Flower pots on the staircase

Julia’s Garden

They served her notice. In three days they would come to clear it away. It was dangerous, they said. A public nuisance, they said. People could trip and fall, they said. It had to go. More than once they said that. But she had watched them, these hapless pedestrians. Ambling down the street, minding their own business. They always appeared lost in their own little worlds until they reached her garden. And there they always stopped. No-one ever fell. No-one ever tripped. No-one was ever bothered by the nuisance of it all. She sat by the window and watched as Read More

Sand dunes and beach

Worse Things Happen At Sea

“Worse things happen at sea.” Whenever anything goes wrong, that’s what she says. I have wondered about it on more than one occasion. Why it is that she should say this, exactly. The sea. What do either of us know about what goes on there? We live inland, far from the coast, snuggled down in a soft dale. A place where the horizon does not exist. Where the ground makes a deep and satisfying thud when I walk upon it. The froth, spray and swell of the sea are as abstract to me as an equation scratched on a board. Read More

River Clyde Glasgow

Vernacular

Bobby was late. Just left me standing there outside the train station. When it started to rain, I gave up waiting and headed to the pub across the road. I thought, “Let him figure it out”. The place was packed. The only free space, a stool at the bar. My instinct was to turn and leave. “I’m not going to sit there alone. Not at the bar.” Too late. I was jostled forward. The barman eyeing me up. A new face. “A white wine please.” I caught the trace of a smirk on his face. The white wine? Or the Read More

Shaded Forest

Crow Roof

It was early morning when I heard him leave. The door clicking shut behind him with a deliberate caution that alerted me to the fact that something was up. From the window I watched him walk out across the field, the wan morning light no longer dim enough to offer him cover. His movements were furtive and awkward, something I had never seen in him before. The slowness and wariness did not suit him and he walked as if he was weighed down with some heavy burden. My father was not a secretive man. He rarely spoke in hushed tones, Read More

Westertoren

The Westertoren Bells Ring Only On Thursdays

He rang the bell of course. As soon as he saw her step out on to the street. Hearing it, she did what they all do. Stopped dead in her tracks, shocked that a bike was approaching her. No-one remembers Amsterdam is a city of bikes. No-one looks. No-one listens. They just step out. Tourists. He shouted out “Let op!” But she didn’t understand. Dutch is a useless language in an emergency and he had no time to correct it. “Watch out!” That was what he meant to say. Too late. He swerved to avoid her as she stood motionless Read More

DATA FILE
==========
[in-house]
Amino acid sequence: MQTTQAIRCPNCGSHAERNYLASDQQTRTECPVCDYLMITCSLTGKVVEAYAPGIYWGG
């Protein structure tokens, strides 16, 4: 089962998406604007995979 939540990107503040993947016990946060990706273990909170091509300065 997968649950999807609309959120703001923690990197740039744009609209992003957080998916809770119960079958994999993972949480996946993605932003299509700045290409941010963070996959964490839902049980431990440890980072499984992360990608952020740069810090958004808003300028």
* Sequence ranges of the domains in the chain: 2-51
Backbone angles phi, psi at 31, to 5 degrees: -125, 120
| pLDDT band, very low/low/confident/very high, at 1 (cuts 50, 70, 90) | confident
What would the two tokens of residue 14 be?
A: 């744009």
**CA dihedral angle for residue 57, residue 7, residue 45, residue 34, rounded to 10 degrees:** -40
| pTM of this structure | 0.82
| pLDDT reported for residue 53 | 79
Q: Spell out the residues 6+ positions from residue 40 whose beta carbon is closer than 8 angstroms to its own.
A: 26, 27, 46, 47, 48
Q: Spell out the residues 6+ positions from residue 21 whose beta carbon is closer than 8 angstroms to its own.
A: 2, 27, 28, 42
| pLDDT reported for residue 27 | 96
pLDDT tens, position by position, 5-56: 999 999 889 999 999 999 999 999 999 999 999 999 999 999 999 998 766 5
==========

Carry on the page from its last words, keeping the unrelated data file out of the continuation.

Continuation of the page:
Night Light

Spoons

Lottie was my grandmother’s friend. As a child her name confused me. To my ear, Lottie was the sort of name you would give your favourite doll. A chirpy, foolish sort of name. Giggly and frivolous. So when I first met her, I was shocked to discover that Lottie was in fact an old woman. She lived in a stale, dusty apartment in a towering block of weathered concrete, and I remember wondering at the time if she had ever imagined it would come to this. Back in the day when she was young, and Lottie suited her, would she Read More

Danish Winter Tree

Short short story: “The Fairy Tree”

The tree stands on a mound at the top of the hill. From this vantage point it has views out across the fields and down towards the lonely row of houses that make up the village. Up there it’s possible to see everything. There’s nothing that goes unobserved. It’s form, silhouetted against a backdrop of light and sky, is the first thing I see each morning when I turn from sleep and gaze through the window. It floats there in the light, suspended. Separate from the soil that roots it to that spot. “Good morning” I say to it, although Read More

Snowman

Short, short story: “Snowmen”

It had taken four days to arrive, the snow. During that time, he could smell it coming. The air was different. Cleaner, clearer, more a texture than a smell. A prickle in his nose and throat that made him feel alert and slightly on edge. He would stand outside and breathe it in, sensing its approach. It made him feel like a child standing there waiting like that. Waiting for snow. His eagerness, his excitement building with each day. “Like the coming of Christmas” he thought. It was something he’d never experienced before, that anticipation, and as it rose within Read More

Hoyfjell Hotel Fefor

Short Story: Cabin Fever

JULY They’re in my street, filming my home, which I guess was inevitable. The first thing I notice though is the grass. It’s all yellow and dry and it makes the house look pale. I’m surprised at how quickly it’s deteriorated. When I lived there I made sure the lawn was green. The same as all the other lawns in the street. That was important for some reason. The grass had to be just as green as everyone else’s. You have to blend in, be the same. It’s that kind of street. The news reporter looks genuinely concerned. Perhaps because Read More